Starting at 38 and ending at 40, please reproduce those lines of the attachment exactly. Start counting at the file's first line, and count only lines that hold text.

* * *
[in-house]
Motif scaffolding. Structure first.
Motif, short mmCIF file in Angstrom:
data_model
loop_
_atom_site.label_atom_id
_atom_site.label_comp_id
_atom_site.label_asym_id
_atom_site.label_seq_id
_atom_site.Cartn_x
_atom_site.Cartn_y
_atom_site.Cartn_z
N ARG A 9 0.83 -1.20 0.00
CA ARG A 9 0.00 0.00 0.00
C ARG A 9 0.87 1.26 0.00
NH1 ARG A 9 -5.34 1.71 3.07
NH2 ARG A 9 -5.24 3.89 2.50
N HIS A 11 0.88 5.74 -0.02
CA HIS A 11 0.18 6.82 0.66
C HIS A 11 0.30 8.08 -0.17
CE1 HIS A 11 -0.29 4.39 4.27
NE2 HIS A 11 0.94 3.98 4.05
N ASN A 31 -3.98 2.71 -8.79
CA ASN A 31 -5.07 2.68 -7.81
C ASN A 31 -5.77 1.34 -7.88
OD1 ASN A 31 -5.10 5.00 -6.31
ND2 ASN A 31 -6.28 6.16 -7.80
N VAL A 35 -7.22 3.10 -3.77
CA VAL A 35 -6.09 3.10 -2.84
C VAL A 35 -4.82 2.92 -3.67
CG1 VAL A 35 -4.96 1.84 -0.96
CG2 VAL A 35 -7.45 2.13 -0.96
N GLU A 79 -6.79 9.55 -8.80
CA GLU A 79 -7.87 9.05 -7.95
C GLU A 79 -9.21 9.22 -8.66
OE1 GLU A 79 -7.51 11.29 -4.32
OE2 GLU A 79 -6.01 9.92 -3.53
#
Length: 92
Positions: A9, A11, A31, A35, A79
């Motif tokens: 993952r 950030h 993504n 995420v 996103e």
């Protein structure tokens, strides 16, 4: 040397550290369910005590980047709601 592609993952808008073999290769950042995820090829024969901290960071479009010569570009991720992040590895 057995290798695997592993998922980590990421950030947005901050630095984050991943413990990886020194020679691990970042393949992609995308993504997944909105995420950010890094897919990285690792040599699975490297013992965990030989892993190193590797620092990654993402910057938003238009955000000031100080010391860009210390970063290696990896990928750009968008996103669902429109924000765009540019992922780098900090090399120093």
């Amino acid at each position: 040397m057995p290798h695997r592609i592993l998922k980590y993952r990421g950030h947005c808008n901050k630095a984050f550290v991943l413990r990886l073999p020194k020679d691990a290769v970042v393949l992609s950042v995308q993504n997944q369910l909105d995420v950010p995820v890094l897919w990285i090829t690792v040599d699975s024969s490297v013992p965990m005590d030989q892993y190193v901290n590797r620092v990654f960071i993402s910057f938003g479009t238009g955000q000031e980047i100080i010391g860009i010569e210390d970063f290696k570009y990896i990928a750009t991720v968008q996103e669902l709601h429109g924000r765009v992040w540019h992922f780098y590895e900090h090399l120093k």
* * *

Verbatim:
#
Length: 92
Positions: A9, A11, A31, A35, A79